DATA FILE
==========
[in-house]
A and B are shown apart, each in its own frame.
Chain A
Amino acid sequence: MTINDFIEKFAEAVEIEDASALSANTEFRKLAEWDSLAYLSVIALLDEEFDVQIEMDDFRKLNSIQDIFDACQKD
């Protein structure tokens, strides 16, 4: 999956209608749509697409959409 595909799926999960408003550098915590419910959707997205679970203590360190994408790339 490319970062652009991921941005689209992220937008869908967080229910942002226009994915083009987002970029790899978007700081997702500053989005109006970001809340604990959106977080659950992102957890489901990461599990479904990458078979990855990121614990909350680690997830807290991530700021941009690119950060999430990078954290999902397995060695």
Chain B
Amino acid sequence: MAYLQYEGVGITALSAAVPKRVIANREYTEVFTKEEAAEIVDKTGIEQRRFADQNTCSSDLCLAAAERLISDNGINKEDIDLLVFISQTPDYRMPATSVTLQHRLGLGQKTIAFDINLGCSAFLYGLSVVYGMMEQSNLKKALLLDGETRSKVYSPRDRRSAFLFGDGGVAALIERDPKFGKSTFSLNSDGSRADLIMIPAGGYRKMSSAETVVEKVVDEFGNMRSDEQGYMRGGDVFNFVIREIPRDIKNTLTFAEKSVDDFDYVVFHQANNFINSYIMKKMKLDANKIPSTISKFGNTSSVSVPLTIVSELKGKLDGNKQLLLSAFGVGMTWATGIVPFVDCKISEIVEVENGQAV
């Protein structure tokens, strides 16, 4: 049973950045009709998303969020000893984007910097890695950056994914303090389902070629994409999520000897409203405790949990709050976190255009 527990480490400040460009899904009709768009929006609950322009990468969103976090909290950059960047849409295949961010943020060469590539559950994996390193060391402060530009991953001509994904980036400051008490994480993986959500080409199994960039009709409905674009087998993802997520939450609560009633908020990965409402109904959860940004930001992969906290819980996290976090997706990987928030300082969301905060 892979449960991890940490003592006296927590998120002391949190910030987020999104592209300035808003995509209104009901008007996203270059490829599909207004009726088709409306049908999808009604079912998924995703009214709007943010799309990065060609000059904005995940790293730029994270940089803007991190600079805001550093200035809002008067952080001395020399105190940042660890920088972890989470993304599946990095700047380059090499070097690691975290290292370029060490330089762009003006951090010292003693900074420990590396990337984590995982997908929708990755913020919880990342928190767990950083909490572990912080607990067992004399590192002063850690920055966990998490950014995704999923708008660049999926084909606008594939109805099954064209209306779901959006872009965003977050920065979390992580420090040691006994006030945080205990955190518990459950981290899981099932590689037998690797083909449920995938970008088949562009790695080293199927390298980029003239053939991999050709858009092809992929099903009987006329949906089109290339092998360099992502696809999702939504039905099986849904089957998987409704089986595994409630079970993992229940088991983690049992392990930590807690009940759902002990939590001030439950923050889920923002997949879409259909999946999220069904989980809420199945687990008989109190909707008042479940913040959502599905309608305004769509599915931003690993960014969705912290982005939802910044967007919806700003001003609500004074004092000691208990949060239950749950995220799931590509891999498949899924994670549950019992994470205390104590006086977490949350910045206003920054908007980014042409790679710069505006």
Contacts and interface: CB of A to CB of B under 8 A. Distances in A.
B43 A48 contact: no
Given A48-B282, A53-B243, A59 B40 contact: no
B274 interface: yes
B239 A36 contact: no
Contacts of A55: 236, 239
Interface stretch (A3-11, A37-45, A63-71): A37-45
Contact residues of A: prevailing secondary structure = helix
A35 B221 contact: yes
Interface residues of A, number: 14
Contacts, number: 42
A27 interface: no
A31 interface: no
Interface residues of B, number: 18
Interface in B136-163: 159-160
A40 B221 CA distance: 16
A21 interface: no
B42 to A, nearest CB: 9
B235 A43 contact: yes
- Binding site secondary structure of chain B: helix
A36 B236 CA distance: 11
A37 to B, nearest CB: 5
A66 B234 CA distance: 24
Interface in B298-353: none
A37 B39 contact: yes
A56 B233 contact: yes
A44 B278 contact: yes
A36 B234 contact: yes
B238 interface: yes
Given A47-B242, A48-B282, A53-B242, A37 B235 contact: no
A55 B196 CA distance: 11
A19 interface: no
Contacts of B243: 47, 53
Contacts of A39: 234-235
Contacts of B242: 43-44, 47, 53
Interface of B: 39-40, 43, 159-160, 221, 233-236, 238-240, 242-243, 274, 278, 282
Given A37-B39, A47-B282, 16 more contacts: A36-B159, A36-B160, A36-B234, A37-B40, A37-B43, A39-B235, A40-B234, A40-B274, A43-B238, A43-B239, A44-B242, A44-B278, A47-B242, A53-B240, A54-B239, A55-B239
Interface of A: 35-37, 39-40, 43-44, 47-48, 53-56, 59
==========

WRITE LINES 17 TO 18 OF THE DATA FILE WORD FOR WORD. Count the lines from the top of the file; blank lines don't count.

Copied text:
A35 B221 contact: yes
Interface residues of A, number: 14